Kariba — Zimbabwean President Emmerson Mnangagwa on Wednesday commissioned the 533-million-U.S. dollar Kariba South Hydro Power expansion project, arguably the country's biggest power development project since independence in 1980.
The project is expected to ease power shortages for the country that has faced perennial power shortages due to ageing plants and has had to rely on imports to plug the shortfall.
The project, which entailed the addition of 2x150 MW units, was done by China's hydro power engineering and construction firm, Sinohydro from 2014.
The first unit was completed and started feeding into the national grid in December 2017 while the test run for the second unit was completed two weeks ago.
The expansion project has lifted the power plant's installed capacity from 750 MW to 1,050 MW, making it the country's biggest power plant at present.
Mnangagwa said the completion of the project was an exciting development for the country.
"I am so pleased as I talk to Zesa engineers and their colleagues from China that they worked together from day one...and then the implementation of designs and project they have worked harmoniously to achieve this feat.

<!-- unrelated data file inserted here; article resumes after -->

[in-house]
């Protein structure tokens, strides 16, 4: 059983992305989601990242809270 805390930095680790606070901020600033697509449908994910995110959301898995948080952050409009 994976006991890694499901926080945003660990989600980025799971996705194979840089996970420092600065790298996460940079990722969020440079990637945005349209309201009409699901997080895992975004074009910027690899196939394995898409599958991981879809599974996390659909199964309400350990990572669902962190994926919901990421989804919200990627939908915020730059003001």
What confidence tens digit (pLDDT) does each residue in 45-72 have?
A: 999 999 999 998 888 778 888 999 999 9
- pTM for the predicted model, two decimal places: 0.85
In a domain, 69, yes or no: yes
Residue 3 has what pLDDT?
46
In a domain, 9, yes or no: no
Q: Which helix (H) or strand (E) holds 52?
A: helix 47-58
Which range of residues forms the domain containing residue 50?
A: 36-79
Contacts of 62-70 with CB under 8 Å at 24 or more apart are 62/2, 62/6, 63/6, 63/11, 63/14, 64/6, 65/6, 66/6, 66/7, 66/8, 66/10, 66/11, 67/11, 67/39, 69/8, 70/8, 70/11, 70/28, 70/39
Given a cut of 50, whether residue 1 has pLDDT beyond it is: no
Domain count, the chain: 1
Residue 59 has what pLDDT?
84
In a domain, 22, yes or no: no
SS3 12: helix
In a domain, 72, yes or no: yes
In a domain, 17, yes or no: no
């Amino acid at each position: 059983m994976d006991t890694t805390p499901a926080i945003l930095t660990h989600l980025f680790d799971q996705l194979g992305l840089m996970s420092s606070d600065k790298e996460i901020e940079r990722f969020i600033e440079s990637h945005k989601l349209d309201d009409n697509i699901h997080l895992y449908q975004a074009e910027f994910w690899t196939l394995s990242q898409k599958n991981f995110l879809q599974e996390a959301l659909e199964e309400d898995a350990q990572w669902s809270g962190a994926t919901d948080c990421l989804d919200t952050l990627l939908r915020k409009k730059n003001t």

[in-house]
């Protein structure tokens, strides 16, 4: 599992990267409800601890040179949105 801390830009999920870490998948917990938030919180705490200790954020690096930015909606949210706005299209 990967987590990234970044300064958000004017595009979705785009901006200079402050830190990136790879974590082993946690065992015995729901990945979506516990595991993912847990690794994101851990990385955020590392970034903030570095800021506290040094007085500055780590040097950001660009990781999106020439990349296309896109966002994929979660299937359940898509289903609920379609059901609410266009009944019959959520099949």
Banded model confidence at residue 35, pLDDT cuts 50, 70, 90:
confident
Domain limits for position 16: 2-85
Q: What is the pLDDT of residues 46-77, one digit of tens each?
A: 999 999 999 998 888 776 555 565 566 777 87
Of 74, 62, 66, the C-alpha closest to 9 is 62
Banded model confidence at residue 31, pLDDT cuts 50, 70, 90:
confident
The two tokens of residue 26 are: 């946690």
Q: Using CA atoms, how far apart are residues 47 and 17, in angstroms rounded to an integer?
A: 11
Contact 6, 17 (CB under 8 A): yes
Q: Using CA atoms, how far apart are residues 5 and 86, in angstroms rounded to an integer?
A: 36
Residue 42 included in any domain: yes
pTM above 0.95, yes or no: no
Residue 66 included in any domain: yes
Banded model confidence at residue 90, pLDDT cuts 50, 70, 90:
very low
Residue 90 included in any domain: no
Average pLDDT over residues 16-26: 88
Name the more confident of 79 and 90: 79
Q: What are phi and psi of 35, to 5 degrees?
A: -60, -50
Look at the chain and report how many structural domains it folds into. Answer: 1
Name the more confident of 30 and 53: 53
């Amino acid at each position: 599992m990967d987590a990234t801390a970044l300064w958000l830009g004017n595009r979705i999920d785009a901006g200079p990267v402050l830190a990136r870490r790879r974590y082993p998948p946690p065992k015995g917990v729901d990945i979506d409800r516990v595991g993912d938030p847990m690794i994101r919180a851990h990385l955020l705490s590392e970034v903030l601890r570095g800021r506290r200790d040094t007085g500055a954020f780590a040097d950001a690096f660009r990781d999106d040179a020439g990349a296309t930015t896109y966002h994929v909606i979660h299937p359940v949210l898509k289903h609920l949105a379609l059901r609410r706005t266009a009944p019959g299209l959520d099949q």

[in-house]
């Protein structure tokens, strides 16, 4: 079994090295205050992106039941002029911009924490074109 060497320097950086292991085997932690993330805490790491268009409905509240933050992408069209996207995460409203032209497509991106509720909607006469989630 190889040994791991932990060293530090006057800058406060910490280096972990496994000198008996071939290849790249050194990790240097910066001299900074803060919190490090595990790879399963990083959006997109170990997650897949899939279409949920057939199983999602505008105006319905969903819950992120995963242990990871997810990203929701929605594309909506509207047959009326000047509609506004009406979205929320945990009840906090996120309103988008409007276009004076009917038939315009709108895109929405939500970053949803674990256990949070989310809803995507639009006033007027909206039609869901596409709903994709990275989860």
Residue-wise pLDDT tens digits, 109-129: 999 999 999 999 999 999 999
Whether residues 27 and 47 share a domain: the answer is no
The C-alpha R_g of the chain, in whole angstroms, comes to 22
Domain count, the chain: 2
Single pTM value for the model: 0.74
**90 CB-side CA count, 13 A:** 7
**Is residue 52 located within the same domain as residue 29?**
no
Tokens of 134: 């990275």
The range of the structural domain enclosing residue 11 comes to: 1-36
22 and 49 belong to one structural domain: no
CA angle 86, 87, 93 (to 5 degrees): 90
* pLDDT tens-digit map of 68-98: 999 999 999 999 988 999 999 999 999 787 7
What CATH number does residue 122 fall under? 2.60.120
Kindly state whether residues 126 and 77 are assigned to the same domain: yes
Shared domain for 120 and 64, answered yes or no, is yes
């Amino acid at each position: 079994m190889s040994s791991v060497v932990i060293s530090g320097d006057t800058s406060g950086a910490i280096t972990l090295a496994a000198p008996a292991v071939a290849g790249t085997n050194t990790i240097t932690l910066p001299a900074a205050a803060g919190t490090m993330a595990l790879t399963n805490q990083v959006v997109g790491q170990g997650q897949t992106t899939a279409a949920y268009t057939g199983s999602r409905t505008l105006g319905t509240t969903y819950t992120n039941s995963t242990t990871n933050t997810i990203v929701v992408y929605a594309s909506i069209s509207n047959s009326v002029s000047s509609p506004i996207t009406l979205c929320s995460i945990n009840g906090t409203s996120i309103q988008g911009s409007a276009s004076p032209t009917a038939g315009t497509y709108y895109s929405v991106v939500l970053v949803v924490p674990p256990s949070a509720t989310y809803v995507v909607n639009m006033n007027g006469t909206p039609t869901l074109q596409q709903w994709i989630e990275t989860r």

"It's a great wonder and it shows what we can achieve as a government in collaboration with other institutions to access technology from our friends. We now have 300 MW transmitted into our grid henceforth which we will deduct from our importation of power. This is the way to go," Mnangagwa said.
He thanked China for providing Zimbabwe with state-of-the-art power engineering and technology.
"We assure you that our engineers and technicians are going to maintain this asset for the benefit of our country," he said.
"The cost of this project is around 533 million dollars and it's money well spend, " he added.